Home / News / World /  'Russia will strike new targets if...': Putin warns West against supplying long range missiles to Ukraine
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Several explosions were heard rocking Ukraine's capital city Kyiv, following which, the Russian President Vladimir Putin said that Moscow is ready to hit new targets if the the Western countries supply the East European nation with long-range missile. 

Putin on 24 February had launched a special military operation on Ukraine, citing neo-Nazi attempts, and NATO aspirations from West on the transcontinental country spanning Eastern Europe and Northern Asia. Tens of thousands of people have been killed, millions forced to flee and towns turned into rubble since the attack commenced over 100 days ago. 

Putin was quoted by Russian news agencies on Sunday mentioned that if Kyiv is provided with the long-range missiles, ""we will draw the appropriate conclusions and use our arms... to strike targets we haven't hit before".

Although the Russian President did not mention which targets he was talking about. 

Putin's statements seemed more in retaliation to the United State's promise made last week to supply Ukraine with advanced missile systems. 

On Sunday, Ukrainian officials claimed that Russian missiles had hit railway infrastructure sites in the first such strikes on Kyiv since 28 April. Russia said that it had destroyed tanks supplied to Ukraine by eastern European countries during the strikes.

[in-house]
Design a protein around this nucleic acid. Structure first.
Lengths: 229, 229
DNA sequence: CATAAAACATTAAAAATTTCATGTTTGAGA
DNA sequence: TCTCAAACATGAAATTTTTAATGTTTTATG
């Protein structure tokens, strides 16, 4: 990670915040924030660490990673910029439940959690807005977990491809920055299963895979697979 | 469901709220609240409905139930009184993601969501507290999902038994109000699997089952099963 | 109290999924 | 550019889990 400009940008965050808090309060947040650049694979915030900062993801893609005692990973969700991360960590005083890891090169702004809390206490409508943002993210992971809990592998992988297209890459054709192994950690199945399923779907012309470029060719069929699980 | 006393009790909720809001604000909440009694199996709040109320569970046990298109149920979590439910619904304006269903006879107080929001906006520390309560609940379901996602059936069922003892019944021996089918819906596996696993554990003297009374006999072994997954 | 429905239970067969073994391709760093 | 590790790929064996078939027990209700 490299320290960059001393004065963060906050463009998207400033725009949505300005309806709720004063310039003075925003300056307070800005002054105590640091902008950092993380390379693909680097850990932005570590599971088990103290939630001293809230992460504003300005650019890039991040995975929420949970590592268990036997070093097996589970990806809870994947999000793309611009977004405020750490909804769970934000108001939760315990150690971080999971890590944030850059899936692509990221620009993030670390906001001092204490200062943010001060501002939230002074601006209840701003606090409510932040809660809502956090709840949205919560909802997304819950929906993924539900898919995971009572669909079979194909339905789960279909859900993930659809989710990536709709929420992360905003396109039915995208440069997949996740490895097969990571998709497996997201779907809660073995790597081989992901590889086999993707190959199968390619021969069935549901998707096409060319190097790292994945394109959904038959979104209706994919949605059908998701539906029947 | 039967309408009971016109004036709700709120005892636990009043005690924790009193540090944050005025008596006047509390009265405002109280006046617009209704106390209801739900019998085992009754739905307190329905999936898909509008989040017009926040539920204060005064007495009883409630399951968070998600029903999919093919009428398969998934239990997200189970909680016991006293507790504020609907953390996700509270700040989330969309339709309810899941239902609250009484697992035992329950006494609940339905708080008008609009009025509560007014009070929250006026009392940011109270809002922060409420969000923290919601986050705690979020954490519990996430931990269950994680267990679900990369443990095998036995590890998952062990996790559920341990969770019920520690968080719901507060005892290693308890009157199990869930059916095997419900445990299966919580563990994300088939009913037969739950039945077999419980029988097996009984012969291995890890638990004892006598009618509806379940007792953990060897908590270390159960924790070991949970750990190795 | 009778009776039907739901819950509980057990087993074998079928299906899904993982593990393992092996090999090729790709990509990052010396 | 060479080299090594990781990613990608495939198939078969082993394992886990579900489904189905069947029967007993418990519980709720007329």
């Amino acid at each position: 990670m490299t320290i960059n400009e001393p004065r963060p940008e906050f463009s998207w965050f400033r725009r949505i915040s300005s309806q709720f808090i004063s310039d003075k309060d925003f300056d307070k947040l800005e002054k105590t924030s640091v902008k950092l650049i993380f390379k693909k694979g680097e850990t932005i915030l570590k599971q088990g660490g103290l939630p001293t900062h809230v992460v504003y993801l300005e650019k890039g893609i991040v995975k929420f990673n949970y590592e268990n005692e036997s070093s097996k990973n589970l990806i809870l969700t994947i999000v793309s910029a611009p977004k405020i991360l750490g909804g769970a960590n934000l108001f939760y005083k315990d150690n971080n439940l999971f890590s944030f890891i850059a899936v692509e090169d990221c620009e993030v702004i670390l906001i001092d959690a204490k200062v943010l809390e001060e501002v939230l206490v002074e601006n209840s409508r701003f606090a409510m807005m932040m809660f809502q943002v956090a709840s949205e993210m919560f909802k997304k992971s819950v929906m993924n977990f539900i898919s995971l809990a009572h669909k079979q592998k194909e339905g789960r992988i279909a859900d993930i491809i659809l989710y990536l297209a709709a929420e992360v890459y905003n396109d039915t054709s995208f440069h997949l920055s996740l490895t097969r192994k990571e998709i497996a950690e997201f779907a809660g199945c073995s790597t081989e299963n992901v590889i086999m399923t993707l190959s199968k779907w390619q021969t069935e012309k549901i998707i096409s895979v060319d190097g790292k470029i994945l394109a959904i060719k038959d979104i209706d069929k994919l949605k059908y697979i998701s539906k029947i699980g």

"High-precision, long-range missiles fired by the Russian Aerospace Forces on the outskirts of Kyiv destroyed T-72 tanks supplied by eastern European countries and other armoured vehicles that were in hangars," Russian defence ministry spokesman Igor Konashenkov said.

Severodonetsk 'divided' 

Meanwhile, in the east of the country, the battle for control of Severodonetsk raged on.

The city is the largest still in Ukrainian hands in the Lugansk region of the Donbas, where Russian forces have been advancing gradually after retreating or being beaten back from other parts of the country, including Kyiv.

Lugansk regional governor Sergiy Gaiday said that Russian forces had lost ground in the city and it was now "divided in two".

"The Russians were in control of about 70 percent of the city, but have been forced back over the past two days," he said on Telegram.

"They are afraid to move freely around the city."

Russia's army on Saturday claimed some Ukrainian military units were withdrawing from Severodonetsk, but Mayor Oleksandr Striuk said Ukrainian forces were fighting to retake the city.

"We are currently doing everything necessary to re-establish total control" of the city, he said in an interview broadcast on Telegram.

Food Shortage in Ukraine

Russian troops now occupy a fifth of Ukraine's territory, according to Kyiv, and Moscow has imposed a blockade on its Black Sea ports, sparking fears of a global food crisis. Ukraine and Russia are among the top wheat exporters in the world.

The United Nations said it was leading intense negotiations with Russia to allow Ukraine's grain harvest to leave the country.

The UN has warned that African countries, which normally import over half of their wheat consumption from Ukraine and Russia, face an "unprecedented" crisis.

Food prices in Africa have already exceeded those in the aftermath of the 2011 Arab Spring uprisings and the 2008 food riots.



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